Tuesday, August 25, 2009

There was something in the air that night….

…the stars were bright, Fernando…

DB Says: Despite the encroachment of gray hair onto a once fertile dome, I’m a bit young to remember the ABBA craze. But that doesn’t matter because we all know their songs - you could say they’re as popular now as ever. The same could be said for layouts that run around rooms above doors, they’re also as popular as they ever were, which is to say, not at all.

So you may be wondering, dear reader, why a moderately sane person is still flirting with such madness.

Mainly, because it’s the only way I can fit a decent length of track into a fairly small room that has far too many useful doors, windows and wardrobes in it to be an ideal trainroom. As for the viewing problem, I have to admit that Moana, which I’ve fallen in love with over the past 5 years, is only going to work when viewed from standing on a chair. Same with the staging yard, although as I’ve said before, I’m not going to be spending much time in there shuffling identical looking coal trains about.

Luckily however, the midland line (which apparently is now called ‘The Coal Route’™) has your veritable boatload of other scenes that ‘work’ from a low viewpoint – especially the viaducts and clifftop running between Staircase and Cragieburn.

Right, I’m sick of defending my stupidity to you both. Once I have a bee in my bonnet it isn’t going away until it stings me - so lets make some stuff.

This layout is going to be a modular layout (or more properly, 'sectional', I suppose). This way it can move if need be and could be re-assembled at the first USA NZ120 convention or other exhibitions. Most importantly, it will be in parts so the bits can be brought down to a more sensible height to be worked on. This is important, because scenicking it while standing on a stool is going to get old real fast, ergo things are going to have to be light and portable.

As for material, big 8x2 sheets of pink insulation foam are light, strong, seem to do well across ranges of heat and humidity, and they're easy to work with. A public service announcement: MR rag recommends the use of the pink or blue stuff rather than the white bubbly polystyrene which is quite flammable. I bought 2 inch thick slabs for bases and some one inch stuff for backdrops and other bits. A little cutting and gluing later, we have the result as seen in the above picture.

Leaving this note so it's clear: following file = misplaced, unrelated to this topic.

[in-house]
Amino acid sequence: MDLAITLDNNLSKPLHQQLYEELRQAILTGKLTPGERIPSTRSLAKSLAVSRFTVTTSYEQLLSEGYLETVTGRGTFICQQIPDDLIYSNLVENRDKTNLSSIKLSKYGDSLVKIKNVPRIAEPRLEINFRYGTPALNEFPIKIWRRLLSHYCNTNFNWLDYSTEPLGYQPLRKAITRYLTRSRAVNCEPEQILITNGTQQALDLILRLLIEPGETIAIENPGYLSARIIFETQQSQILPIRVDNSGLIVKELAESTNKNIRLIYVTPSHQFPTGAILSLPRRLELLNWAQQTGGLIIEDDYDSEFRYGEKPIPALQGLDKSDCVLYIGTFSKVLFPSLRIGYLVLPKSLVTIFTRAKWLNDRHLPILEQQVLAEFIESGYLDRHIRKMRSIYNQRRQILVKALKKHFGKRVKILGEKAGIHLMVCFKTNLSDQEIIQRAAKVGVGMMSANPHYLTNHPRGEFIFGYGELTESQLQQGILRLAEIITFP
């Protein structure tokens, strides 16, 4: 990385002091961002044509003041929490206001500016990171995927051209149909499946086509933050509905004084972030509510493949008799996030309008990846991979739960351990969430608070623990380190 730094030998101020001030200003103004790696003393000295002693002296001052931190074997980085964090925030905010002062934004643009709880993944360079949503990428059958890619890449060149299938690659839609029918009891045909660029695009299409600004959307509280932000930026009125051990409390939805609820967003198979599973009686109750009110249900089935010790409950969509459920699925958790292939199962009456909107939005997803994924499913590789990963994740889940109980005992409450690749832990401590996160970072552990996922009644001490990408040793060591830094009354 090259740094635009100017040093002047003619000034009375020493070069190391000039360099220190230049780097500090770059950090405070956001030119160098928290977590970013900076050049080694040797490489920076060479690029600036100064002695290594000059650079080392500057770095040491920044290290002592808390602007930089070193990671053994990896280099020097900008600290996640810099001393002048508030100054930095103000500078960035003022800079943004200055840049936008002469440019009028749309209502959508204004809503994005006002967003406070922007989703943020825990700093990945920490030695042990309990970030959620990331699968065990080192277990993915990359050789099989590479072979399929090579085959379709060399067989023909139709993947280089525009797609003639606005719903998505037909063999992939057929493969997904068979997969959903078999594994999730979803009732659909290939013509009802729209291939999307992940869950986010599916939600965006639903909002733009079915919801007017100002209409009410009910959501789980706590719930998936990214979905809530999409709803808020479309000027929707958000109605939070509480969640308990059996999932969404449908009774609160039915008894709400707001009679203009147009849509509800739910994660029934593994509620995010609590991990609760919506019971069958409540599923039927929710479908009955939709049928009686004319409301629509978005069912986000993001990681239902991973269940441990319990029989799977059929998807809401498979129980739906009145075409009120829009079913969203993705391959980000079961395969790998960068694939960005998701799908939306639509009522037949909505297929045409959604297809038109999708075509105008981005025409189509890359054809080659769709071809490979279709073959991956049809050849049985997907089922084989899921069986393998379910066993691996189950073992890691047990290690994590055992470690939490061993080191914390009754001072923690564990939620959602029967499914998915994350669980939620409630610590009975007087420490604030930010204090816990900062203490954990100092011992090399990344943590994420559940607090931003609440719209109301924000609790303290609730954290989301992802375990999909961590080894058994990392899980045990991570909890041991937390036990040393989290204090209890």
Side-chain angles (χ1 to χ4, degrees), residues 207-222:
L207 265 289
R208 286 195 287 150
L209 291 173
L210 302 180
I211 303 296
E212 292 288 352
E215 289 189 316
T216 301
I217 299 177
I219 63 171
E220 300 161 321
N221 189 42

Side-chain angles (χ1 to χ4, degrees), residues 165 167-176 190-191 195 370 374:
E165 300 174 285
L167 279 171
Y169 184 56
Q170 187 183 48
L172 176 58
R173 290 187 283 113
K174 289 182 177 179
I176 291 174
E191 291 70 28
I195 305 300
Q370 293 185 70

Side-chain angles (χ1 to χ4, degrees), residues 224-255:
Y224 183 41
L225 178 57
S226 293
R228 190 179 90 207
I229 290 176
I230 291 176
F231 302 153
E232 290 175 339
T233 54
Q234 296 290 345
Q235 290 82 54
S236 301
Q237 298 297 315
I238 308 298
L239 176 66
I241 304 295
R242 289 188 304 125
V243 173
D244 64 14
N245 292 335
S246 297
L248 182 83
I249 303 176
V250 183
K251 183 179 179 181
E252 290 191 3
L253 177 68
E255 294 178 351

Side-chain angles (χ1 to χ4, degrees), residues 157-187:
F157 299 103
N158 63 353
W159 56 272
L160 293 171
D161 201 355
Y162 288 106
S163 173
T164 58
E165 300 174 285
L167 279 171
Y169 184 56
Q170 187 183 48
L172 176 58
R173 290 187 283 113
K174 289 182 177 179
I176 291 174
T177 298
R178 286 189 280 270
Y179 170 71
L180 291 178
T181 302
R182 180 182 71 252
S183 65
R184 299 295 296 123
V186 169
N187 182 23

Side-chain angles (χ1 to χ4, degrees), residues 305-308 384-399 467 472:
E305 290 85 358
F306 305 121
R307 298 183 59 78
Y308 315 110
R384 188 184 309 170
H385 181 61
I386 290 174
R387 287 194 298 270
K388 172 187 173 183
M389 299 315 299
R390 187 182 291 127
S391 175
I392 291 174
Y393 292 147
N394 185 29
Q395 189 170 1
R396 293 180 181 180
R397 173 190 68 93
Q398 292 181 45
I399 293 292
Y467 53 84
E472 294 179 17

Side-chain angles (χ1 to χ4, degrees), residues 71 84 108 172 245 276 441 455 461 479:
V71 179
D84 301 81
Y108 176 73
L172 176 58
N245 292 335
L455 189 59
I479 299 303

Or from a more accessible height, since foam layouts are so easily moved around:
The plan here (the tracks and other items are just plopped into place to see how things will look) is to make Moana with my favourite curve at the near end, swamp and lake at left, with the station behind it against the backdrop, the trains disappearing under the overbridge to the staging yard. There will be a slight hill where the glue gun is so the viewer will look down into that scene rather than sneaking a look from too close to the hole in the backdrop that leads to the staging yard. In case you are wondering why the main backscene continues beyond that point into the staging yard, its to give strength to the main foam base, which site on only two wall brackets. If you weren't, sorry for wasting a few more seconds of your day.Lets look at a couple of prototype pics to clarify the the intention. Firstly, here's a view (above) from a similar position to the Pink Elephant above. The station building is way in the background.Next, here's a view from almost the same spot, looking the other way - i.e the left half of the module, looking straight across the curve to the backdrop. The trees at left hide the join with the next module. The flax-filled swamp is behind the tracks and will run up to the backdrop to avoid any nasty lake-joins at that spot. Note that the track is on a slight embankment, which I might pump up a few mm to make the train more visible from standing-on-carpet level at this spot.